1. at what age do you start training the 4 basic skills
2. How do you do the training? How does it differ between ages 1-8? Another issue: Our oldest is 8 years old and is dealing with some self esteem issues and will say things like "I can't make my bed, I'm just no good at it" or "You just think I'm a slave and don't want me to have any fun" "I don't care if I can't play, nobody likes me" He has been quite uncooperative yet each time he receives a consequence (no Legos, no free play, early bedtime) he seems to dig himself farther into a hole. Any suggestions?
Regarding number one: I start training the four basics as soon as they can understand me and say the word, "OK". By 2.5 years old, my children are pretty good at them.
Regarding number two: I gather them all together, in the morning, and then make a fun game out of following instructions. If they still have attention span, then we move on to accepting NO and criticism, etc. They tell me what to do, and I tell them what to do, and there is lots of praise involved. The rest of the day, we practice and praise. It should all be really positive and empowering. ----For small children, it is often better if you teach the big kids first, and them pull the little one aside and do a private game time with him. He will focus much better if it is one on one. Then just follow through with what they have earned and repeat the steps as often as possible so that they get the memorized quickly.
Without knowing your 8 year old, I am going to make some assumptions based upon my experience to answer this question.
My first assumption is that your 8 year old has been taught that if he has a pity party, people are concerned and show him pity. At some point, he probably genuinely felt bad for himself because of some failure. Then a caring person showered him with attention and one on one time because they were concerned about his mood and sadness. He noticed that he liked how he felt when the person gave him all the attention, and that people try to do things to make him feel better when he acts down. (This gives him perks.) The most important lesson that he might have learned is that he has a special tool built right into his mood to get more things he wants. In short, he is probably using his mood shifts to manipulate people. This is the most common answer for this kind of behavior; especially if the child has caring parents, which it seems like you are. :)
To remedy this problem, you need to stick hard to the four basics. If he pouts he is not dropping the subject, and he is not having a calm voice, face and body. You will feel like you are not being compassionate at first, but just remember that he is in bondage to these self induced emotions. The only way to free him is not to feel pity for him and to teach him that he is not choosing to be OK. Be very consistent with the teaching. Negative consequences must be earned.
Tip: Don't ever talk back to this kind of pity party disagreement. Simply say, "Just now I gave you an instruction to clean up your room, you didn't look at me and you started complaining about the task. You are not following instructions. What you should have done was......steps....." Or you say, "You are complaining and pouting. This shows me that you are not following instructions...you should....steps....If you can't follow instructions then you are "out of instructional control."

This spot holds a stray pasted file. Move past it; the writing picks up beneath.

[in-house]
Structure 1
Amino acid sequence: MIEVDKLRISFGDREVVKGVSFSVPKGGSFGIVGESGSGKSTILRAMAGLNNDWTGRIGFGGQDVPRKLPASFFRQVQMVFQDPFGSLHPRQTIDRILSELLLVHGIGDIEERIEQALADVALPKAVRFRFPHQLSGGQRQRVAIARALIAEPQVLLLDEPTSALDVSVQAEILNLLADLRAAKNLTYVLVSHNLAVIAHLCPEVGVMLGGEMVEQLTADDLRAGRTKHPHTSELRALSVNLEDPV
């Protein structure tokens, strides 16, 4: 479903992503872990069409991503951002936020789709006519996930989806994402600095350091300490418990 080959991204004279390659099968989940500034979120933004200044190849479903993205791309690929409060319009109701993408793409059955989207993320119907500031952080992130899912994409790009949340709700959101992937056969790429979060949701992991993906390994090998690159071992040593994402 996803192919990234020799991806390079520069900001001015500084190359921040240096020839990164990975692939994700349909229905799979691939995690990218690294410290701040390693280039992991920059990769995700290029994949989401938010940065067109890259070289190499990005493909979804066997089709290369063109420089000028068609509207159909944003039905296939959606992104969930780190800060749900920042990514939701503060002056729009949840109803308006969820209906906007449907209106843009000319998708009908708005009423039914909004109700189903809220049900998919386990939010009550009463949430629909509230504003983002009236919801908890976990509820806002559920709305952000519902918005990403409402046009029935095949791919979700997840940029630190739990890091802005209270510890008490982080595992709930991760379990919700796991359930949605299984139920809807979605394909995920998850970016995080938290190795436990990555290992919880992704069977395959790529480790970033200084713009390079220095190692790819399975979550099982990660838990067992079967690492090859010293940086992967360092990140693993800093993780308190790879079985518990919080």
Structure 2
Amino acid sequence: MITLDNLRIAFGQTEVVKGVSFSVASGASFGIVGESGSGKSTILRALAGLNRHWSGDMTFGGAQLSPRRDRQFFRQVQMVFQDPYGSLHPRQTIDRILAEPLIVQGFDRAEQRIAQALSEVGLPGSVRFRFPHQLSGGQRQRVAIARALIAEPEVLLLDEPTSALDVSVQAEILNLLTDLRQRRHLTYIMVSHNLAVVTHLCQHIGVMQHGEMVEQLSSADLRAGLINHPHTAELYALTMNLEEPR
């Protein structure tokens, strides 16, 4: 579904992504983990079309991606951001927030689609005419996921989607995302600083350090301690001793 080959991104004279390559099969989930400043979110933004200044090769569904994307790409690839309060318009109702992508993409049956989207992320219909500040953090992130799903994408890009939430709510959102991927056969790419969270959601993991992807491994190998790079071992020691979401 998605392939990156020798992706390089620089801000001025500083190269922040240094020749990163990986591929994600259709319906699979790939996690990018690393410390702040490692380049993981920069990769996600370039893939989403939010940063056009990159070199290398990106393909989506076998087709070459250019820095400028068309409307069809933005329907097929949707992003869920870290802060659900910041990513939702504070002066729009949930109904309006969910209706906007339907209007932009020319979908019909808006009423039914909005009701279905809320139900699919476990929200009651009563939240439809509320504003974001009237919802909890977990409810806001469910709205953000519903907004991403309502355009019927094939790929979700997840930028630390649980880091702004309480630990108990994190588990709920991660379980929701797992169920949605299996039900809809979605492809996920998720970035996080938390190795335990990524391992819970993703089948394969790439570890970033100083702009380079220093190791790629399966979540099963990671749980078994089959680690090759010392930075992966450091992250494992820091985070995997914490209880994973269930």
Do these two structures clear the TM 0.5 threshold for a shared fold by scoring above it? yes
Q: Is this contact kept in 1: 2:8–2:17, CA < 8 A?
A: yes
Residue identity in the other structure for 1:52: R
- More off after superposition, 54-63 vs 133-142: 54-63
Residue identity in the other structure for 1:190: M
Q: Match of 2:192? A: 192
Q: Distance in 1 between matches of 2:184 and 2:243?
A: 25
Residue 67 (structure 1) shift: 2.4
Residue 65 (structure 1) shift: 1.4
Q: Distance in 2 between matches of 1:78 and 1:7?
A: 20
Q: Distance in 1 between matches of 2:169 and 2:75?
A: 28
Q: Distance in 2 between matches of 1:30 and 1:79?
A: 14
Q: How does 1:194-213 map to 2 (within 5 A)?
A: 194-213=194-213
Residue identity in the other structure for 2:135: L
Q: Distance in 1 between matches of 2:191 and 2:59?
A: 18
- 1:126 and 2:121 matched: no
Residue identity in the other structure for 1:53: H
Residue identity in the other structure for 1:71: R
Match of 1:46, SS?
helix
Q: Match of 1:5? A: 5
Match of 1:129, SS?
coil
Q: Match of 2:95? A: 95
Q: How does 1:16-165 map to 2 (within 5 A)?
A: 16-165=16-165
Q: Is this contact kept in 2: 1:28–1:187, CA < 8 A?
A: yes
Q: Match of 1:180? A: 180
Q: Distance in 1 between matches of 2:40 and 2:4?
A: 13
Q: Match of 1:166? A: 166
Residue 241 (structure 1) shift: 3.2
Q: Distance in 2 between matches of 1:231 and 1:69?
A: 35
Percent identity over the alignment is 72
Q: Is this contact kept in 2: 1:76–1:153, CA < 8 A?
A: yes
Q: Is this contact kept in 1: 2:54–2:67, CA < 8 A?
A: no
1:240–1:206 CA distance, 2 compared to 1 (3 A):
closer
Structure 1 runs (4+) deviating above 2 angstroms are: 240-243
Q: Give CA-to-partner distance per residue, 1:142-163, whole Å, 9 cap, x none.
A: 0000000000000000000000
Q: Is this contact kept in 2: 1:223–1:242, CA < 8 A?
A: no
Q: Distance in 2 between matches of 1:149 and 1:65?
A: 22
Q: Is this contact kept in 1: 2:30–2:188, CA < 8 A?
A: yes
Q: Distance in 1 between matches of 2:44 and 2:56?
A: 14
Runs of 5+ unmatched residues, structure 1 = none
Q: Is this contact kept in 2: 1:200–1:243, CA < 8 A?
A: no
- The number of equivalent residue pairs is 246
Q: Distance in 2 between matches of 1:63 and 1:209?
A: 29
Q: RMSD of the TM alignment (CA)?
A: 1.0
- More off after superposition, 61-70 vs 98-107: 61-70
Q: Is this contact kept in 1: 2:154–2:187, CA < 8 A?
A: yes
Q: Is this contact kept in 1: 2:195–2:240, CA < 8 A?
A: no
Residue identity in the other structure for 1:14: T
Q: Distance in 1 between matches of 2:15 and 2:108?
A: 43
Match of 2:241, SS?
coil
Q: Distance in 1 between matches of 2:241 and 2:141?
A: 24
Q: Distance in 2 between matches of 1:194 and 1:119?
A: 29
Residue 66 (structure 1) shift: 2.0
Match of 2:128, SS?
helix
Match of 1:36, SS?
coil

If he really is depressed, then you need to change his focus away from himself. Don't baby him. Stop feeding him sugar of any kind. Have daily mood check ups and goals with positive consequences as well as negative ones. And, most importantly, use the four basics consistently.
I had a few youth who really had depression. The four basics helped free them from their down times. :)
If he digs himself into big holes. Remember that he is choosing the hole himself, so he has to choose himself to get out of it. Remember to have regular family activities. Also, have regular date nights with dad. Do lots of relationship building.
Idea: When my youth would did holes for themselves for weeks, I would set up a special motivation system for them. I would have envelopes with motivators in them like; a snack out of the snack bag, or a date with mom, etc. If they earned their privileges for an certain amount of time, they could pick an envelope. It helped them look forward to something.
Has he ever lost all of his privileges for 24 hours? He should. Depression or pouting is out of instructional control behavior. Either he chooses to follow instructions or he should have to do the rule of three.
Some people really like being depressed. It sounds strange, but it is true. I know some people that choose it. Some have chemical problems, but some just choose it. At his age, I would think he just needs to be praised more for all the good he does. Remember 6-10 times per each time you correct him. Beyond that just work on relationship building with him. Give him lots of one on one time when he is happy and in control, so that he sees people like to be around him when he is happy and don't like to when he is sad and pouty.
It is too easy to take advantage of our children when they are behaving, and never praise them or spend time with them. Teach yourself to notice all the good around you and praise it. It will bring the Spirit into your home.